In February 1949, J. Robert Oppenheimer, the director of the Manhattan Project, wrote that the United States must approach its international responsibility for the atomic bomb with an open mind.
In January 1941, Rebecca West wrote about her experiences in Yugoslavia before the Nazi invasion.
The year you were born, Karl T. Compton wrote about the effect of the atomic bombs dropped on Hiroshima and Nagasaki at the end of World War II—and the potential cost had they not been used.
In December 2015, Nolen Gertz wrote about how action figures help form the identities of adults.
Over the years, the moon landing has come to be lauded as the pinnacle of human achievement, although it was often derided at the time. In 1963, NASA astronauts took to The Atlantic to plead the case for landing on the moon.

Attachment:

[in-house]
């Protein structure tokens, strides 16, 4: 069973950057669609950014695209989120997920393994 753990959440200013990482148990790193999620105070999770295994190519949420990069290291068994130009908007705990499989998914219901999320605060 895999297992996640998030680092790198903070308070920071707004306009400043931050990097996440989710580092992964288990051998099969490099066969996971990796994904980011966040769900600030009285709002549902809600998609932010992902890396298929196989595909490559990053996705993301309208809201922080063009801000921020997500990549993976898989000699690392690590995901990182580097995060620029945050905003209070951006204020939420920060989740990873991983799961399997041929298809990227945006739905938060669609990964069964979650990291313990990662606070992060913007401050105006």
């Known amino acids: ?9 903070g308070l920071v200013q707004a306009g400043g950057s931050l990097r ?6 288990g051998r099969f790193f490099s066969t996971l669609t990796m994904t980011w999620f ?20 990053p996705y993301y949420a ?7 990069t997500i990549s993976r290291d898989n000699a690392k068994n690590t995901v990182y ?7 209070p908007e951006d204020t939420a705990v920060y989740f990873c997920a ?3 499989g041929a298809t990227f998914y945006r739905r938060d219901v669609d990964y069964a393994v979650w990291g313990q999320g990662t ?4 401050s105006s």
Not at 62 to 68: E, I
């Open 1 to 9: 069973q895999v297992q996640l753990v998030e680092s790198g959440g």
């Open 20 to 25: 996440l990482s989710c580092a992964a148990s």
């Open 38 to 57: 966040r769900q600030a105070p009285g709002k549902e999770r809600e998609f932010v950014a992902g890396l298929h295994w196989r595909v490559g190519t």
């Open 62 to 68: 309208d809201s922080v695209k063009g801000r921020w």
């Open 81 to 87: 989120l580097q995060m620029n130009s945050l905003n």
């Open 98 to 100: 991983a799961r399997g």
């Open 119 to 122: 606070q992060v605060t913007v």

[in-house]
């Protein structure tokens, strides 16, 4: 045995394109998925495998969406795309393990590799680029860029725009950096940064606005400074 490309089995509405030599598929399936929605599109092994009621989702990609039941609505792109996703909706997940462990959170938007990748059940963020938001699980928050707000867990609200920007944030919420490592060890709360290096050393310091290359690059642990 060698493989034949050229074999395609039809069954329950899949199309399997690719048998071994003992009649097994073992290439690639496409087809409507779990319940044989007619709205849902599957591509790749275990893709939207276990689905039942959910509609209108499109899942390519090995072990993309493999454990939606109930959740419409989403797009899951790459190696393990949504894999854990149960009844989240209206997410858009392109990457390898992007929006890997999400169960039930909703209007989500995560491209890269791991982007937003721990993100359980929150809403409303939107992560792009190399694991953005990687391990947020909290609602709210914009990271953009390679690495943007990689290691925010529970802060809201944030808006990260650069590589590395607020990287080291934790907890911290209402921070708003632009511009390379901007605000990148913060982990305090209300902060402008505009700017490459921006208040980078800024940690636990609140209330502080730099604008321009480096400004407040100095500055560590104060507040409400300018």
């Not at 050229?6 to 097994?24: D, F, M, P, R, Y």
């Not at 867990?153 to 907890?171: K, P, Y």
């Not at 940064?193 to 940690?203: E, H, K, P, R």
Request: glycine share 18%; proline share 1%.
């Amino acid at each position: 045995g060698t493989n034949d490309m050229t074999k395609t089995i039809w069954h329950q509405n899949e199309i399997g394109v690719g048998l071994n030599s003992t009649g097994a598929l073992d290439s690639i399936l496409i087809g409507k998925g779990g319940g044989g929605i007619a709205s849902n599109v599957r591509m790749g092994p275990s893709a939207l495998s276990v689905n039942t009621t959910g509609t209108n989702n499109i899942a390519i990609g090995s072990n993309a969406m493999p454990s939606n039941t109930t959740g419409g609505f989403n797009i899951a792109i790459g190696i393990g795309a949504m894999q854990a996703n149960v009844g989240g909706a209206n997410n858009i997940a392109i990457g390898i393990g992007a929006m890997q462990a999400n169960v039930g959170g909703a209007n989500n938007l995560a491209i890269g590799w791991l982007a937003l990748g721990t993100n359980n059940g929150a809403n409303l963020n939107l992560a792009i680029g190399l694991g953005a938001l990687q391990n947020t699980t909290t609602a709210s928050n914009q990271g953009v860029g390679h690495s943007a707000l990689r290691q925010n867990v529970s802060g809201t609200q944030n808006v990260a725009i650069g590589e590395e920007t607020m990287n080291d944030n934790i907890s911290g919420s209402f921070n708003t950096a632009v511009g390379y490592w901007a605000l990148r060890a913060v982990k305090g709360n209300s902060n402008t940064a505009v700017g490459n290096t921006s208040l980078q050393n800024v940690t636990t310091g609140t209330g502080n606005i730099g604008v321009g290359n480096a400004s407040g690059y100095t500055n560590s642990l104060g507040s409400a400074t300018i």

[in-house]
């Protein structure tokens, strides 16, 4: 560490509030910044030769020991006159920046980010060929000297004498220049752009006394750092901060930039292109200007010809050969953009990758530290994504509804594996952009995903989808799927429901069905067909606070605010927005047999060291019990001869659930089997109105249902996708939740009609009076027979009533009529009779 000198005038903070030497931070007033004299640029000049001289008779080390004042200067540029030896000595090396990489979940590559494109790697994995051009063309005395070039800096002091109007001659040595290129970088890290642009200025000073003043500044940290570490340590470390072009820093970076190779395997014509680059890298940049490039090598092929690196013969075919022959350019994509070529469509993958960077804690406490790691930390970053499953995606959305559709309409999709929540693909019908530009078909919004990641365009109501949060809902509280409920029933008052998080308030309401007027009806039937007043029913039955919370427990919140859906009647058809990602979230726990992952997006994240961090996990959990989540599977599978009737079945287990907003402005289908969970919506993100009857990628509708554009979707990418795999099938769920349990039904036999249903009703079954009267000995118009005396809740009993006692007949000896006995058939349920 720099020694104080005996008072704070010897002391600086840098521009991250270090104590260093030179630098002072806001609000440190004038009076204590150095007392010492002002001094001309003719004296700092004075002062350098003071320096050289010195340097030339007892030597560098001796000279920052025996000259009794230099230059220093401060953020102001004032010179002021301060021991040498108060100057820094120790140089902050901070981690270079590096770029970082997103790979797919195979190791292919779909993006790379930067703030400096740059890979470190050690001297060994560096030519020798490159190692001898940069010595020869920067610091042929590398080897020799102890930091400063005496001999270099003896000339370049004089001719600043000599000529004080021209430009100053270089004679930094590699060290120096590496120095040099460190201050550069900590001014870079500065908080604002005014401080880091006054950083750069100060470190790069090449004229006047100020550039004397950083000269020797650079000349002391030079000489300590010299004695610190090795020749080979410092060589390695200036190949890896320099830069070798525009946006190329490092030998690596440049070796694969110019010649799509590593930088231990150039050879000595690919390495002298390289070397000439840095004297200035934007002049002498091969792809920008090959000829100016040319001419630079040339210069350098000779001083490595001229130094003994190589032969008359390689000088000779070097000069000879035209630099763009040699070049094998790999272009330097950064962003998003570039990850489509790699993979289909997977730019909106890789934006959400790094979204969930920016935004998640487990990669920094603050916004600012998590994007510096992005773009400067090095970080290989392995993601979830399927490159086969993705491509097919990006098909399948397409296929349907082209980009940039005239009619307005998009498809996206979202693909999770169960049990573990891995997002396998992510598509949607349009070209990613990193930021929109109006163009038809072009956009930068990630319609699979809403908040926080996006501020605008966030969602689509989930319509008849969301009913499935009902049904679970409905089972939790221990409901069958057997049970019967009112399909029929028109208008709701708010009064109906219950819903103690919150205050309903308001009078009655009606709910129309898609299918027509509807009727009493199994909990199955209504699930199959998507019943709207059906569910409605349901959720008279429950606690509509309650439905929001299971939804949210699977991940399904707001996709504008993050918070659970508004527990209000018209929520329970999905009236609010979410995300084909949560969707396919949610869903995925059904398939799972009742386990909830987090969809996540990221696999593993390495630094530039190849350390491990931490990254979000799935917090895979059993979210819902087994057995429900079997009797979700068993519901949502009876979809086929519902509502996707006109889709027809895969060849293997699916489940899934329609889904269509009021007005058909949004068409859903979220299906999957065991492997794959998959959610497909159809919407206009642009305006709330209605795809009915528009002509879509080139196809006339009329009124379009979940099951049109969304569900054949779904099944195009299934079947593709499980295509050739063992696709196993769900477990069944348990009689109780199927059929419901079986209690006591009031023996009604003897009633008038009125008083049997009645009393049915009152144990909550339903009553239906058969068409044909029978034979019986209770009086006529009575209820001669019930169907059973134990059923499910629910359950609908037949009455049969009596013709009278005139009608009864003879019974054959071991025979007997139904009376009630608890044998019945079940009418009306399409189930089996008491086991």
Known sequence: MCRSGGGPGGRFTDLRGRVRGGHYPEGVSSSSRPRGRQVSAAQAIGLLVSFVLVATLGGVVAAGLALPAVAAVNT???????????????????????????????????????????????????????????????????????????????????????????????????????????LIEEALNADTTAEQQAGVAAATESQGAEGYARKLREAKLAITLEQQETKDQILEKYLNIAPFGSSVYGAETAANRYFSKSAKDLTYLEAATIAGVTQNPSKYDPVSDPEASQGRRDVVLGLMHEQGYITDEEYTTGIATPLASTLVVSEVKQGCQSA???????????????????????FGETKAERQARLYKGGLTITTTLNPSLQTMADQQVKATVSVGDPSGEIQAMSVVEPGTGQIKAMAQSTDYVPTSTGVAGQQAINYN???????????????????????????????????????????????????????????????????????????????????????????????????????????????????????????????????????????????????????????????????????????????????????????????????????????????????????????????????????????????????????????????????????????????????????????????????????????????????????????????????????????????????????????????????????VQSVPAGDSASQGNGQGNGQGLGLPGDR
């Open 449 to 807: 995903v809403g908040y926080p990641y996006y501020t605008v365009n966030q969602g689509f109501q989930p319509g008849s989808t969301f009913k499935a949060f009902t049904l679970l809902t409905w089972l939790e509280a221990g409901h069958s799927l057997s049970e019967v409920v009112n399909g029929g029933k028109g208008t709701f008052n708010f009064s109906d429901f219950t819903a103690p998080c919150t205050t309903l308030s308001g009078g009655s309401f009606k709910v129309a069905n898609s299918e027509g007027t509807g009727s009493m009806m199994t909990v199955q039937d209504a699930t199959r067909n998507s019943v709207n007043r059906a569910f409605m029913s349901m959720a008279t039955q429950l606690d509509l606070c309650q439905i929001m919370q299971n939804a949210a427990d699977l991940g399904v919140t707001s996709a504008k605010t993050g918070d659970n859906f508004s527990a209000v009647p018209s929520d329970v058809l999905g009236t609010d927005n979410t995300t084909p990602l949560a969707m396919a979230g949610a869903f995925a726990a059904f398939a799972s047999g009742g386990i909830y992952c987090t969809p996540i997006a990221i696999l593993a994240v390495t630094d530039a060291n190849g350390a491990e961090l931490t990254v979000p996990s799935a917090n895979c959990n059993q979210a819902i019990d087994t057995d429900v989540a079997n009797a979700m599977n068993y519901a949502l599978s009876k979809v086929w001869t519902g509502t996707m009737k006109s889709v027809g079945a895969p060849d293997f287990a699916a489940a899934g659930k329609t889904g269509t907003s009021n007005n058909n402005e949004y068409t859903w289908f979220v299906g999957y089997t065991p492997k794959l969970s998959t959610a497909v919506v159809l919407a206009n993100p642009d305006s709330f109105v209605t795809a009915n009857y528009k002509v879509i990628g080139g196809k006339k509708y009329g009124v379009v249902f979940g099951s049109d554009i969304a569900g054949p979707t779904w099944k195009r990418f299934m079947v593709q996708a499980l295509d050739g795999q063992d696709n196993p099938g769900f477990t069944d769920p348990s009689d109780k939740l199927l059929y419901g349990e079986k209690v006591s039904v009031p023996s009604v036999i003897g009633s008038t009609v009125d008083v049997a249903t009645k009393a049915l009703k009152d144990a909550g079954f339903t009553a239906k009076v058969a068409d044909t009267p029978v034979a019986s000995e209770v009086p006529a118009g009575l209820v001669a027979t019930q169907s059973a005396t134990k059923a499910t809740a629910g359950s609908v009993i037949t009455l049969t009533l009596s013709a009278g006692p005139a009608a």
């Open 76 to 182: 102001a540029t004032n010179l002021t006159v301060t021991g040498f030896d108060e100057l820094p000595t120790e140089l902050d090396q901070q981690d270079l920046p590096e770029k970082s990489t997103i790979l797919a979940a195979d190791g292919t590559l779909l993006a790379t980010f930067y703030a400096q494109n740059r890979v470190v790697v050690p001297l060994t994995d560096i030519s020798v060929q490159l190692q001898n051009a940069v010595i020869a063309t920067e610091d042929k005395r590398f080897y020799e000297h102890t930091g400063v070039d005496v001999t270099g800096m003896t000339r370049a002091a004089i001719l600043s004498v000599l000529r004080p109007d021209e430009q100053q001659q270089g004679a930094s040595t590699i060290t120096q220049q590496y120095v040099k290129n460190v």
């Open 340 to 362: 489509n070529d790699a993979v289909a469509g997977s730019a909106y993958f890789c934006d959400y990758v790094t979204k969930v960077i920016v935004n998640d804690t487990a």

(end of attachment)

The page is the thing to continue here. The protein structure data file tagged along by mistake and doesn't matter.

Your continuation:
In August 2011, Leah Carroll talked with MTV News anchor Kurt Loder on the network's 30th birthday.
NASA / JPL-Caltech / Space Science Institute
With NASA's Cassini-Huygens mission in 2005, humans landed a probe in the outer reaches of the solar system for the first time, a moment Ross Andersen called the most glorious mission in the history of planetary science.
Dave Kaup / Reuters
In June 2016, Dan P. McAdams wrote about the psychology of a mind like Trump's.
The Atlantic is here to help you process it, in stories like these: